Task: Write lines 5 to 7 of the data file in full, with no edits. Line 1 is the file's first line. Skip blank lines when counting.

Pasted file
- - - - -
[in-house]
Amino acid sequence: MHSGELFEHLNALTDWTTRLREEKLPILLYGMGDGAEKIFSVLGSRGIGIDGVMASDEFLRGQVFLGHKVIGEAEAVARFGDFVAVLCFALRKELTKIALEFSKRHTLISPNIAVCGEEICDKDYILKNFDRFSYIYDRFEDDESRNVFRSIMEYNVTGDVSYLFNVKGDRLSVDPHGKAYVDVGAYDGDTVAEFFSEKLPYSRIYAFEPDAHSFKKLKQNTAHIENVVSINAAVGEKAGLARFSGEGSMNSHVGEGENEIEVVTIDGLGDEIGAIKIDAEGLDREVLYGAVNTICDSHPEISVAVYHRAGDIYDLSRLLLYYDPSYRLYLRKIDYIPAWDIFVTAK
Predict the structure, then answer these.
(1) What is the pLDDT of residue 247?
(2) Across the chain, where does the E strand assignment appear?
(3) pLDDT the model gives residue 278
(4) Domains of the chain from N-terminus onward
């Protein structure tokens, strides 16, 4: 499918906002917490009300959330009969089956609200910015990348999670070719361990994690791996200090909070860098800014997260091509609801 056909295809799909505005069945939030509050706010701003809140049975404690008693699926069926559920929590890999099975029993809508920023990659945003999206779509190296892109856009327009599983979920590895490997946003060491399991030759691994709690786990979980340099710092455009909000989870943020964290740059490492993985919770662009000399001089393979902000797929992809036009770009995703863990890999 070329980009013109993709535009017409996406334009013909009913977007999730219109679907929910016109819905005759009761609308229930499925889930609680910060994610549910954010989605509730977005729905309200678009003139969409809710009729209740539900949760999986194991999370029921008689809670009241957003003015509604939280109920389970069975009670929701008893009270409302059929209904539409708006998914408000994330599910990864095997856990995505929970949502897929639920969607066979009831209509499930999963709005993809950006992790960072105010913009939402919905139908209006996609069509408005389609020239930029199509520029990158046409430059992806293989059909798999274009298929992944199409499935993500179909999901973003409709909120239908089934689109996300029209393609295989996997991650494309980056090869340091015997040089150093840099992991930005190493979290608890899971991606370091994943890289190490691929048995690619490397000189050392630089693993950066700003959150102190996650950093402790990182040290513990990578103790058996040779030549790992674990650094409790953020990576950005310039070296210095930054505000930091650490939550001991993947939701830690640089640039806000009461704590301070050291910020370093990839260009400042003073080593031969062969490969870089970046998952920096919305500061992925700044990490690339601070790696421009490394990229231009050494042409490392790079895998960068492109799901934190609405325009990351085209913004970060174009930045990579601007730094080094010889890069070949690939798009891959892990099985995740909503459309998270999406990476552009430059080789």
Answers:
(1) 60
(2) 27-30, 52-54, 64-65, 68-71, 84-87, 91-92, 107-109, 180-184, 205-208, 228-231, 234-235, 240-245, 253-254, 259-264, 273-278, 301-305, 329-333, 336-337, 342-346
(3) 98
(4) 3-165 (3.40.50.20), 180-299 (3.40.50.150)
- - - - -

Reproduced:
(2) Across the chain, where does the E strand assignment appear?
(3) pLDDT the model gives residue 278
(4) Domains of the chain from N-terminus onward